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And then an osprey flew by.  And caught a fish.  Not quite the magnificent catch I saw earlier.

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There were herons aplenty.  Herons grooming themselves in the “mirror.”

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Herons with unexpected visitors, like this juvenile white ibis.

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And suddenly, a flock of egrets flew by.  Land, I said to myself.  And land they did.  By the red algae bloom of the Huntley wetlands.

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It was hot.  It was humid.  That was to be expected.  The egrets in the wetland.  One or two, maybe.  A flock stopping by to rest, perhaps to cool down just a bit.  That was most unusual.  And on this summer day in July, it was most welcome.

 

How So

Last Saturday morning, I woke up shortly after the sun had awakened and Huntley Meadows, one of the local wildlife refuges, beckoned.  There was only one thing that made me think that maybe, just maybe, I should stay in bed.  The sky was overcast and the weather casters predicted about two inches of rain for the weekend.  I was pretty sure I wanted to just go out, go for a short hike, and take some pictures.  There was, however, something weighing on my mind.  It was grey.  It was dull.  What pictures were there to take in such a day as this?  In short, while I knew what I wanted to do, how will the reality of the on and off drizzle mesh with my idea of taking pictures of birds in spring?  My heart said go ahead.  My head asked why?  How so?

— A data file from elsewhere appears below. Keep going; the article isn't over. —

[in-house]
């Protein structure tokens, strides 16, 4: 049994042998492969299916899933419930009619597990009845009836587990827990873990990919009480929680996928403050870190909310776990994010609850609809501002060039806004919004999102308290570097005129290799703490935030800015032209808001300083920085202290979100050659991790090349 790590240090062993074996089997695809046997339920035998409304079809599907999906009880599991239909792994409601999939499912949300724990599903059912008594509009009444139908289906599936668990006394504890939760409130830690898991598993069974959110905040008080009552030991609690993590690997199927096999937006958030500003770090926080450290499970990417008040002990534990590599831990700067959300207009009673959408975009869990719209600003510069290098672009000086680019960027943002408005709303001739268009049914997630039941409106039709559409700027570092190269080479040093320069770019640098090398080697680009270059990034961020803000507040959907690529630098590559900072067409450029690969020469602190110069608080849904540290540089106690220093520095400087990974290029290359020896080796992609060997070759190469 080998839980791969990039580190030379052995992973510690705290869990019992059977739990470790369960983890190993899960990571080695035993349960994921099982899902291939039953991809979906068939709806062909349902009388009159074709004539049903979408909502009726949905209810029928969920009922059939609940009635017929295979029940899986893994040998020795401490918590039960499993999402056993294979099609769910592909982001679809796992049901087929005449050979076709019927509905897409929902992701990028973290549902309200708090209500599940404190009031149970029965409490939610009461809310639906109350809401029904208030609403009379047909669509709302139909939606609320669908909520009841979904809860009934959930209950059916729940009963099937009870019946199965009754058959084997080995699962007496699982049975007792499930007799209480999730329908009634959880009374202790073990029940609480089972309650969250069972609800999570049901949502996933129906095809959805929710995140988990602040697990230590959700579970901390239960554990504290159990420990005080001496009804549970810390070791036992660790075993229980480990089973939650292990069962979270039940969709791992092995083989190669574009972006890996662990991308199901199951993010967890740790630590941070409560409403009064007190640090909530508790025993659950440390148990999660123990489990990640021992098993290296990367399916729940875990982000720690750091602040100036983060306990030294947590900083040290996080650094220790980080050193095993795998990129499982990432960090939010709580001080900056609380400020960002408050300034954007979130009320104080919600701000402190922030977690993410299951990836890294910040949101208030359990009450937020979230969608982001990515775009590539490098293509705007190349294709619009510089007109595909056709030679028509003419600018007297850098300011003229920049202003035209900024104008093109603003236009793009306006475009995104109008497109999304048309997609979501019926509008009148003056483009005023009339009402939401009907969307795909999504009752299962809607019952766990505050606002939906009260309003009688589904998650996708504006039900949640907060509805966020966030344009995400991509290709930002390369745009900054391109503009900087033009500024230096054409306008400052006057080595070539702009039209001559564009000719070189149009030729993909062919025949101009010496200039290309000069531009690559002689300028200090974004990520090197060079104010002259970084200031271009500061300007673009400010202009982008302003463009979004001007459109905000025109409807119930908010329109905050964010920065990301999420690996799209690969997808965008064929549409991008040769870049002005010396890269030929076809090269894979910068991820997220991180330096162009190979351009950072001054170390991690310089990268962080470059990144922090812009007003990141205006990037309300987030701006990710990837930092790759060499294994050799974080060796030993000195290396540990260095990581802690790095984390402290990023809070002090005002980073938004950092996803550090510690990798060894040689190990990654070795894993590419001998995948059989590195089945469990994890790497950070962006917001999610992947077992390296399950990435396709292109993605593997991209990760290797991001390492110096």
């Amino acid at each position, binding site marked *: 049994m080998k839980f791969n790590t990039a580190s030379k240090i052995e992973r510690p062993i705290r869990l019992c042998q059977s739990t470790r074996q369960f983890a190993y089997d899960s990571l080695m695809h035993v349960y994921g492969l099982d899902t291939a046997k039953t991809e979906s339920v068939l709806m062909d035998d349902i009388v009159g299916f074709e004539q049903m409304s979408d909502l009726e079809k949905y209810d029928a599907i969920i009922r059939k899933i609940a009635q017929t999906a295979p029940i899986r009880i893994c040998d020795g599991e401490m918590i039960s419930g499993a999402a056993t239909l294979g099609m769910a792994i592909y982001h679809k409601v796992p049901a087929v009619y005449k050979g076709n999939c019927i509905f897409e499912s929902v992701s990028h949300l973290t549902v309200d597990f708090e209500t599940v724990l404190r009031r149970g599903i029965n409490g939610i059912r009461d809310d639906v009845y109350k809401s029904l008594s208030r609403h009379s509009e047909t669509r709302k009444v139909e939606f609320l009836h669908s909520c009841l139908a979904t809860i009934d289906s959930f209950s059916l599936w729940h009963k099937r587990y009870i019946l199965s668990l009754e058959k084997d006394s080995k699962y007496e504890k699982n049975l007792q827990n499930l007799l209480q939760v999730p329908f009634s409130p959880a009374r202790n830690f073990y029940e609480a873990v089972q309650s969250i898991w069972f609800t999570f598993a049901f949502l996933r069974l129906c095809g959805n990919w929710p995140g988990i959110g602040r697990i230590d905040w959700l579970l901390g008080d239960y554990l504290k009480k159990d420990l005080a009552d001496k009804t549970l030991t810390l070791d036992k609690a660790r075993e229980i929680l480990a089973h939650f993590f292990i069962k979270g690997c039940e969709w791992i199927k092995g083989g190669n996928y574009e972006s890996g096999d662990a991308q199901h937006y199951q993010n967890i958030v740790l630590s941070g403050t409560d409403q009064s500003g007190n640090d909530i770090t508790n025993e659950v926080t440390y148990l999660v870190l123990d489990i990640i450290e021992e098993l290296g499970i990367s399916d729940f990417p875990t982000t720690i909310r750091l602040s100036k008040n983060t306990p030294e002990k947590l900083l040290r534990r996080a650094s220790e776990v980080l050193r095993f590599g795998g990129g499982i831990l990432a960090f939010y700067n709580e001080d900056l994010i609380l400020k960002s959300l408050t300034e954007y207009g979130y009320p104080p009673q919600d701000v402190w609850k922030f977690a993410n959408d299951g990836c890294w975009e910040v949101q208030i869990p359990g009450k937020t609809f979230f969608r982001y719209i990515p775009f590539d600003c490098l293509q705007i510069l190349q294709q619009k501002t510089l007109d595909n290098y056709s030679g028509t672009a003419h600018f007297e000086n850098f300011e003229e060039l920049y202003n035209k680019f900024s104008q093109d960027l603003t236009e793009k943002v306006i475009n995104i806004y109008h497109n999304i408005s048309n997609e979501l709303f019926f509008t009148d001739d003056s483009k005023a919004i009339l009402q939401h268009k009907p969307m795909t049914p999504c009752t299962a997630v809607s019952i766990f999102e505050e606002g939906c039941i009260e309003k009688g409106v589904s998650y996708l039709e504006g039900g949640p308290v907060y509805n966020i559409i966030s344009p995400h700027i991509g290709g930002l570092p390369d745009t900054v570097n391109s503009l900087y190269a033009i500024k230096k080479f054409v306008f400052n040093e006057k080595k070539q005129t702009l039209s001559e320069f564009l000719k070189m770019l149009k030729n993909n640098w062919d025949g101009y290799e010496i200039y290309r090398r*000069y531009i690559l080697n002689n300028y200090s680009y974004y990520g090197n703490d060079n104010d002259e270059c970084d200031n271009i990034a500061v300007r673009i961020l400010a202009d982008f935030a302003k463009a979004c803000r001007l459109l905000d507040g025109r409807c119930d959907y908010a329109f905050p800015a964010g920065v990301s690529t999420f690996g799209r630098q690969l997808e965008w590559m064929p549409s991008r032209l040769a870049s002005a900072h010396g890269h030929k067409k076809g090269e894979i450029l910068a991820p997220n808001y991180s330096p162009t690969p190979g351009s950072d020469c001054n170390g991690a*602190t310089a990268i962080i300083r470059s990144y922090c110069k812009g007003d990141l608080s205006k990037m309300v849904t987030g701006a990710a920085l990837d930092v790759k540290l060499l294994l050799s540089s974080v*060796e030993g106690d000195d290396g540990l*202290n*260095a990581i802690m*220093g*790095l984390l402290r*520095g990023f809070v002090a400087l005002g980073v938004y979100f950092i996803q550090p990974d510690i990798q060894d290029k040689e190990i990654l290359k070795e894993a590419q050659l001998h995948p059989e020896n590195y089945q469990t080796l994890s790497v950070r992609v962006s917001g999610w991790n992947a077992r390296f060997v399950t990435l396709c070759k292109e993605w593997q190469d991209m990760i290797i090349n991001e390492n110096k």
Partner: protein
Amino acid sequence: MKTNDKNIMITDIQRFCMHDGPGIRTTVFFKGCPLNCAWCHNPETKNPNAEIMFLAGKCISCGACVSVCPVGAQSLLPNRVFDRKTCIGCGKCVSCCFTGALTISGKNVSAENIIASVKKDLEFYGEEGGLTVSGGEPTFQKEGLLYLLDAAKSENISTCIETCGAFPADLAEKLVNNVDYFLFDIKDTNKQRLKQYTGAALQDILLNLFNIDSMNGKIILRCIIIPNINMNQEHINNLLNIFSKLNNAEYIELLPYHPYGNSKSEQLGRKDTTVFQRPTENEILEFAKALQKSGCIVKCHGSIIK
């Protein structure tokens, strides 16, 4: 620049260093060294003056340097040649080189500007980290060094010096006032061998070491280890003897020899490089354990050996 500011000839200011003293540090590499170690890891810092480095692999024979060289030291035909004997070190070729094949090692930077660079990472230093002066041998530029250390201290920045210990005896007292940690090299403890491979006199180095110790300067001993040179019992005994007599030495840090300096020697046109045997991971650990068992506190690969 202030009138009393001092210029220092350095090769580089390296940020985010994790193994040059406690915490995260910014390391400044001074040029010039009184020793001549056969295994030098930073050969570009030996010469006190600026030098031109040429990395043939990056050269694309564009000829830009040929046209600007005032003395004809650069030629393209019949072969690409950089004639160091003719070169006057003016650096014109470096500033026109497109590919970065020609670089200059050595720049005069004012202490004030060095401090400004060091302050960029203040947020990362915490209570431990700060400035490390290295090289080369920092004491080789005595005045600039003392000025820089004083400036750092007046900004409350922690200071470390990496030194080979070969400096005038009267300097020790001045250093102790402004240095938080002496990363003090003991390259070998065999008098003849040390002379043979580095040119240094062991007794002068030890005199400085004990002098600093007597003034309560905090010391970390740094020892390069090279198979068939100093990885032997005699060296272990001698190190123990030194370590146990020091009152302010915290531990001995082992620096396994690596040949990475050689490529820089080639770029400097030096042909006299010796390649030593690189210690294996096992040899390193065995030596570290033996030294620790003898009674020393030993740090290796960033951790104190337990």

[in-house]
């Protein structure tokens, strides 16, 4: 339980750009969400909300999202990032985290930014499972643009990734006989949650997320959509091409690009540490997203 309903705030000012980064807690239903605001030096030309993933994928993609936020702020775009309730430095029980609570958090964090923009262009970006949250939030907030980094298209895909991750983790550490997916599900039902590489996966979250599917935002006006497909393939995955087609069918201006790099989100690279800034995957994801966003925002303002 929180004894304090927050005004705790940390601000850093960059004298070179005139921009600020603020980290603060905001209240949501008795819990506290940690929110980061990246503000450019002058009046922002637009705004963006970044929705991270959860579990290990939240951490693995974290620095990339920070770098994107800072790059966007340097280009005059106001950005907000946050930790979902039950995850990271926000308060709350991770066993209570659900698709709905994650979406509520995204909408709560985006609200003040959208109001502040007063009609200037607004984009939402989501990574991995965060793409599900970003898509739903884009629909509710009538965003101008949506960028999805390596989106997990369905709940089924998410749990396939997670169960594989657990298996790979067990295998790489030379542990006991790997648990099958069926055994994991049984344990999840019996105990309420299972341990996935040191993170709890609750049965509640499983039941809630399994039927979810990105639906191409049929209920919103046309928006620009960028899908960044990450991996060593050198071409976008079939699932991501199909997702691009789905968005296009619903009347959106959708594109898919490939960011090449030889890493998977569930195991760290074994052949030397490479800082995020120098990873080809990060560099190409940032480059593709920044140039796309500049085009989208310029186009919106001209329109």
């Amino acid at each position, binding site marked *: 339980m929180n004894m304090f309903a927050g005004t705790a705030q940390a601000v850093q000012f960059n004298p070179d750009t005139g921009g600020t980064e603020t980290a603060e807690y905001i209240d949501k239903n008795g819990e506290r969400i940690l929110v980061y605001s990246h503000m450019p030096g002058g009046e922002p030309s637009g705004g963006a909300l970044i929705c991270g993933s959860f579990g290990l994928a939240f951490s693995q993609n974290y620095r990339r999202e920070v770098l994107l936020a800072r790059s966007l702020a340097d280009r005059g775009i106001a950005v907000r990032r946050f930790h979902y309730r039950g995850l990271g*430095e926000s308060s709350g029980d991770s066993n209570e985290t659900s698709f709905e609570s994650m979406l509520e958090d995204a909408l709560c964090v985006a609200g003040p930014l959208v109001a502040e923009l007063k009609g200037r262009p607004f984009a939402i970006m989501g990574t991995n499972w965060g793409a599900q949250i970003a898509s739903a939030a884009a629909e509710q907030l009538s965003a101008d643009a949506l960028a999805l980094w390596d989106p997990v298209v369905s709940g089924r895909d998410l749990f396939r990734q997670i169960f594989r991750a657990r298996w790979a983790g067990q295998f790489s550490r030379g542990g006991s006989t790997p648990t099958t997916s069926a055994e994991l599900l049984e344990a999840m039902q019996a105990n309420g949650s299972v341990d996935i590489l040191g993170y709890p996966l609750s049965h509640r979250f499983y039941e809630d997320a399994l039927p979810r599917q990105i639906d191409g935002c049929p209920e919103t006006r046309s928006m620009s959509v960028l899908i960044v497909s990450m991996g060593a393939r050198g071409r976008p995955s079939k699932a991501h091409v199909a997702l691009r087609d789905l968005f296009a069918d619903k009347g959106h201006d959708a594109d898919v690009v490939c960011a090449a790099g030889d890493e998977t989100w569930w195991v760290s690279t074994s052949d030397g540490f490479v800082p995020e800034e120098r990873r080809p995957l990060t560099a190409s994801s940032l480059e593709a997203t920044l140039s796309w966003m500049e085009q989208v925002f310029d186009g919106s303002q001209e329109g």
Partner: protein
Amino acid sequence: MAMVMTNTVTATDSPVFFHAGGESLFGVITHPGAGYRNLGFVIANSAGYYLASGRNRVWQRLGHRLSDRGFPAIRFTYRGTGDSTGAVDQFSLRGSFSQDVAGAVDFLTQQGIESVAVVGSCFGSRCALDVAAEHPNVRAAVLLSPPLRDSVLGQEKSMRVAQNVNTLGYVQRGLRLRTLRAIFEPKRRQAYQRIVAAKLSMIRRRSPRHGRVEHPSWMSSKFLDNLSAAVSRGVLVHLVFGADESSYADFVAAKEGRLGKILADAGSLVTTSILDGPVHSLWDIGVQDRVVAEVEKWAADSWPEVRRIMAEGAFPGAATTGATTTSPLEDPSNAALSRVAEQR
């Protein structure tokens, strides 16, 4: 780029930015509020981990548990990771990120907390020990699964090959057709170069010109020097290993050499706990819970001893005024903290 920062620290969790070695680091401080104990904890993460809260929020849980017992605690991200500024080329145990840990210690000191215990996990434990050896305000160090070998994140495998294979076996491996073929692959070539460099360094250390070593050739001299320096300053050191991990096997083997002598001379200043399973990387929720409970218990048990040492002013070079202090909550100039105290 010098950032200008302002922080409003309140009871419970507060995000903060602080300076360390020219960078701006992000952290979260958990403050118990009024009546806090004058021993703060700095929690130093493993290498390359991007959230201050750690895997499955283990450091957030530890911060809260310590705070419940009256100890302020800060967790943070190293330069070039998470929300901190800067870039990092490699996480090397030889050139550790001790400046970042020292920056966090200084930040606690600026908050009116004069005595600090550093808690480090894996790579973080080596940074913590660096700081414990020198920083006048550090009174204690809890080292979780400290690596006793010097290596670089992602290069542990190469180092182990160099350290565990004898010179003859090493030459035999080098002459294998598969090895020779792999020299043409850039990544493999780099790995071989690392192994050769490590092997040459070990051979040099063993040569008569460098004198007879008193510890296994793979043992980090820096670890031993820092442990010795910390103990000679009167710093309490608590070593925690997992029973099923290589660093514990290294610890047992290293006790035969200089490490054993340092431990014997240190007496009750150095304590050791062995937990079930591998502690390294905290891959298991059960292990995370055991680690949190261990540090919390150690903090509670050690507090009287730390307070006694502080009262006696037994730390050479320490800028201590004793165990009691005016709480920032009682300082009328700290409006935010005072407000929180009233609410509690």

Sometimes the head wins out.  Sometimes the heart flutters too much and like the sweet smell of sampaguitas, the feeling envelops you, and the world feels new.  Is new.  The dawn of a new day.  A little muted, perhaps, but alive with possibilities.

And so it was that three hours was spent walking around in the on and off sprinkles from the sky.  And sometimes, the sun decided to tease a little warmth into the cool May morning.  The heart may be a lonely hunter at times, but then again, it can only be so.  For in the ups and downs and ups in life, we find our way to life lived, a life lived well.

How so?  The answer is simple.  Make it so.  And here are the pictures to prove it.

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Impressionistic Reflections

Fall is definitely here in Northern Virginia.  The trees are finally resplendent in coloration.  The lack of rain may have dampened the deep red, orange and yellow hues so prevalent in autumns past, but the warm weather affords many opportunities for walks in the parks and nature reserves that dot the Washington area.  Huntley Meadows, with its wetlands replenished by recent rains, is particularly beautiful in the fall.  Reflections are a mirror image of reality and with a little bit of help from a slight breeze, the reality becomes a beautiful dream.  A reflection seen in a calm body of water can be beautiful.  With longer exposure taken with a tripod mounted camera, the slight undulations in the surface, made possible by a gentle wind, transform the beauty of a tranquil day into a treasure of moving colors, a feast for the eyes.DSC09361_sDSC09365_s